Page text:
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Himeyuri No To - Remembering the Tragedies of War

By: Jena Maddalino

Date Posted: 2000-06-23

"For those who died and for those who survived." - Himeyuri Alumnae

This Friday, June 23rd, Okinawa Prefecture will honor those who died during the Battle of Okinawa. This annual commemoration, "Irei no hi", as it is called in Japanese, marks the end of the Battle of Okinawa, which lasted for more than 90 days and claimed the lives of more than 200,000 Japanese and Americans, 120,000 of which were Okinawans.

In May of 1945, one of the most tragic events of the battle occurred on Okinawa, claiming the lives of 219 students and teachers. When it was clear that the American forces would soon invade Okinawa, the Japanese forces excellerated the training of young girls from high schools in the prefecture, so that the Japanese would have an ample supply of nurses on the field. When the U.S. forces landed on Okinawa in 1945, the Japanese forces dispatched the young student nurse corps to the battlefield. Even though some of the girls were as young as 14, the Japanese army insisted that they fight for their country.

On March 23rd, 1945, 219 students and 18 teachers of the Okinawa Women's Normal school and the First Prefecturel Girl's High School joined the ranks of the medical units of the Haebaru Army Field Hospital. Additionally, 79 students and 3 teachers were attached to medical units in other areas on the island.

The field hosptial in Haebaru was soon forced to retreat south, and the medical unit was forced underground. Traveling 15 kilometers, the makeshift hospital was moved to Itoman and a series of caves served as the medical unit's surgery, internal medicine and infectious disease wards. With incredible courage and faith in their cause, the girls and their teachers carried out their duties as nurses, tending to the wounded and risking their lives to find food for the Japanese soldiers.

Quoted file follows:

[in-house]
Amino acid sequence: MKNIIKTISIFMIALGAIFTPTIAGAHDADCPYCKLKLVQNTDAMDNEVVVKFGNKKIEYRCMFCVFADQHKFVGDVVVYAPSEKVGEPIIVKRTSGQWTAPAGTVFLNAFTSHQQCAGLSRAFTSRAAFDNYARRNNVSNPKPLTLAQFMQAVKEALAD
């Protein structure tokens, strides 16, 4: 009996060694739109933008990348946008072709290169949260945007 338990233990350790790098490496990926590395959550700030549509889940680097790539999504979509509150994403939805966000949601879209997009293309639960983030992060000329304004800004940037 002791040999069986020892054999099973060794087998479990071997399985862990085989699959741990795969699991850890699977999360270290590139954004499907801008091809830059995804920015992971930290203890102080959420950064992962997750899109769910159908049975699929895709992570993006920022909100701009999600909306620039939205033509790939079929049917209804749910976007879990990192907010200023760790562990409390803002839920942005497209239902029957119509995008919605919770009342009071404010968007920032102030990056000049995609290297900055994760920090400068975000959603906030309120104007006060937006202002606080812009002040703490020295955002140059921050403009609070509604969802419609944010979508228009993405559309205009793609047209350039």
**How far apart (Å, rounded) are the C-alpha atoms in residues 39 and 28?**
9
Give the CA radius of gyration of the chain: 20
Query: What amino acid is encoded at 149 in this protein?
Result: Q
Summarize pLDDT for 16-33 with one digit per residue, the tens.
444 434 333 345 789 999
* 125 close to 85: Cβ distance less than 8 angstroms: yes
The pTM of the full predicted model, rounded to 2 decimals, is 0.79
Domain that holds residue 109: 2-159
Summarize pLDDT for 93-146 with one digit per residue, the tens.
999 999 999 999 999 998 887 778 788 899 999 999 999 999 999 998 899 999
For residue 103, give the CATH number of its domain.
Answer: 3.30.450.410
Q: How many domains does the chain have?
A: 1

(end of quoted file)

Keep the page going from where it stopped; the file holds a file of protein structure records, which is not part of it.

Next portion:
"The youngest of the [medical] ranks were in charge of finding food for the soldiers. They had to exit the cave, amist bombing, in order to cook the food, which was usually just rice. Enough rice was carried each day so that every person received a ping-pong ball size supply," recalled Fumiko Higa, one of the student survivors who now serves as a guide at the museum.

The conditions inside the cave were equally as dangerous and many soldiers carried dysentary, tetanus and their wounds were crawling with maggots, according to the accounts of the survivors.

At he end of May, the Japanese forces disbanded the nurse corps while heavy fighting ensued on the Kyan Peninsula at he southermost tip of the island. The nurses were defenseless, as they were not allowed to surrender. Many were given hand grenades to use if the U.S. forces got to close as it was seen better a choice to commit suicide rather than be captured. The end result led to the deaths of 219 students and teachers.

Years later, their story is still told, as their black and white pictures hang on the walls of the Himeyuri Museum. Etched forever in the memories of those who survived, the museum was built to educate the younger generation about the true tragedy of war and so that the innocent and brave students would not be forgotten. Together with the pictures, are accounts of what the girls witnessed, as well as what they went through as they awaited their deaths in the caves.Video tapes edited from footage shot by American cameramen during the battle are also on display.

Irei no hi will be celebrated this year with ceremonies for the U.S. Military and American communities as well as the Okinawan people, at the Peace Memorial Park, in Itoman city. The first memorial ceremony will be conducted in honor of the American casualties who died in the battle. A service will be held at 10:45 and will include remarks and a wreath presentation. The main ceremony will begin at 11:50 am and both Lieutenant General Earl B. Hailston and United States Consul General Robert S. Luke will be present to pay their respects to the victims.

The Peace Memorial Park and the Himeyuri no to are located in Itoman City, off of Hwy 331. Traveling south on Hwy 58, just past Naha airport, take 331 towards Itoman and follow the signs to the park.

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